Weatherspoon showed an early command of balancing these components. With a team stacked with posts, she started an almost comically small lineup of Evans, Mabrey, DeShields, Michaela Onyenwere and Reese.

The lineup neutralized the Liberty, who did not score in the first five minutes of play. Onyenwere, a 6′ forward, held reigning WNBA MVP Breanna Stewart to one shot attempt during that span, while Reese outhustled and outperformed Stewart and Jonquel Jones

Then Weatherpoon brought her more experienced frontcourt players off the bench. Solid performances from Isabelle Harrison, Brianna Turner and Elizabeth Williams suggest that an injury to Cardoso may not set the team back that much.

Los Angeles Sparks guard Chennedy Carter and forward Amy Atwell jump for blocks before Connecticut Sun forward Alyssa Thomas has left her feet to shoot.
Los Angeles Sparks guard Chennedy Carter (7) and forward Amy Atwell (25) go up for blocks against Connecticut forward Alyssa Thomas in a game at Mohegan Sun Arena in Uncasville, Conn., on May 14, 2022. (Photo credit: Chris Poss | The Next)

3. Can Chennedy Carter realize her potential?

Few players embody the open-endedness of the Sky’s season more than Carter. She is known around the league as one of the more talented players in the 2020 draft class, but her stints in Atlanta and Los Angeles ended harshly. She was suspended in Atlanta and then waived in Los Angeles. 

This season, she was offered a training camp contract with the Sky. Waiting to check in at the scorer’s table against the Liberty, Carter could hardly contain her smile.

“All she wants to do is play this game of basketball,” Weatherspoon said. “All she wants to do is share her gift with everybody that’s watching.”

Her ball-handling ability and willingness to attack bigger defenders are unmatched around the league. Her crossover alone will be a treat for Sky fans to watch.

Carter’s only limitations seem to be her smaller size, her reluctance to part with the ball once she has it, and her past difficulties fitting into a team. If she is ready to make the sort of team sacrifice required of any great talent, the Sky’s future will instantly look a lot brighter. 

Chicago guard Dana Evans pressures Minnesota Lynx guard Layshia Clarendon. Clarendon holds the ball on the opposite side of their body from Evans and looks for options.
Chicago Sky guard Dana Evans (11) defends Minnesota Lynx guard Layshia Clarendon (7) in a game at Target Center in Minneapolis, Minn., on Sept. 26, 2021. (Photo credit: John McClellan | The Next)

4. Will Dana Evans get her chance to star?

The Sky fan base has been waiting for Evans to play a bigger role ever since she arrived as a rookie in 2021. Chicago’s immediate and enduring embrace of Evans has a “rooting for the underdog” feel.

“I feel like they can see themselves in me,” Evans said of Sky fans. She is one of only five active WNBA players under 5’6.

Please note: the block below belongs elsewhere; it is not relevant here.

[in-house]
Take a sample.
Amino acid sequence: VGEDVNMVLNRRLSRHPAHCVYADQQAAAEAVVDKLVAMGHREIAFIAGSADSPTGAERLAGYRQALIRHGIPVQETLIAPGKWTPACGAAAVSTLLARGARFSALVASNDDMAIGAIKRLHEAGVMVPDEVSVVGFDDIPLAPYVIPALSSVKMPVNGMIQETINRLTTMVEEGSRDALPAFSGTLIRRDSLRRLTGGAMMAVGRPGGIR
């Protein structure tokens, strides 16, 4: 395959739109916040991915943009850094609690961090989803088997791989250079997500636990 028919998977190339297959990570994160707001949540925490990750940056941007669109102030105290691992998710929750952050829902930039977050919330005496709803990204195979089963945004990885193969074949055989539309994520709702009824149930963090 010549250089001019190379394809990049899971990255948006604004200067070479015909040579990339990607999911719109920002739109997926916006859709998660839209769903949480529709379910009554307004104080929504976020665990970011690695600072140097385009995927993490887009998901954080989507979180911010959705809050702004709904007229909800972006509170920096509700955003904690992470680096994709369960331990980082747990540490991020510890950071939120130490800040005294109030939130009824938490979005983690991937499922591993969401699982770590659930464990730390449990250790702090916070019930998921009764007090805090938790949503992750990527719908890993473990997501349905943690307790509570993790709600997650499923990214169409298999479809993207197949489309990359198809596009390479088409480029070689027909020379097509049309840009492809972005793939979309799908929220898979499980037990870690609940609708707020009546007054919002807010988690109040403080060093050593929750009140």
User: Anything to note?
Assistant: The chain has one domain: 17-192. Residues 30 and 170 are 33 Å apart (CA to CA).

The come-up for Evans began in 2023, when her minutes nearly doubled from the previous season. So did her shot attempts.

Against the Liberty, she got into the lane, launched deep threes and pushed the pace, and she did all that with a sharpened skill set and a more patient approach.

“Dana can do whatever Dana wants to do on that floor,” Weatherspoon said. “We trust Dana. Everyone trusts Dana.” 

A legendary point guard in her own playing days, Weatherspoon has been counseling Evans to facilitate first and then inject herself. Evans finished the game with seven assists and no turnovers to go along with 19 points.

If Evans can regularly produce that kind of stat line, a starting spot and a chance at stardom will be hers.

Get 24/7 soccer coverage with The Equalizer

The Next is partnering with The Equalizer to bring more women’s sports stories to your inbox. Subscribers to The Next receive 50% off their subscription to The Equalizer for 24/7 coverage of women’s soccer.

With the outcome of the game decided by the third quarter, fans relaxed and returned to familiar stadium rituals. During one timeout, two fans competed to unwrap a Sky T-shirt the fastest.

The wrapping was sticky, knotted and surprisingly strong. But after an extended struggle, the fans wrestled the T-shirts free.

The moment echoed the experience of being a WNBA fan, particularly for a fan base that watched the Sky’s preseason opener against the Minnesota Lynx streamed on a Lynx fan’s phone.

As the WNBA enters its 28th season, patience around product wrapping continues to be a virtue. Patience may be needed for the Sky this season, too — but there’s also a chance they could defy expectations.

Written by Alissa Hirsh

Alissa Hirsh covers the Chicago Sky for The Next. She is also a high school basketball coach at her alma mater and is writing a memoir about the difficulty in leaving her college basketball career behind. Her hometown of Skokie, Illinois, is known for having the top bagel options in the Chicagoland area.

Leave a Comment

You must be logged in to post a comment.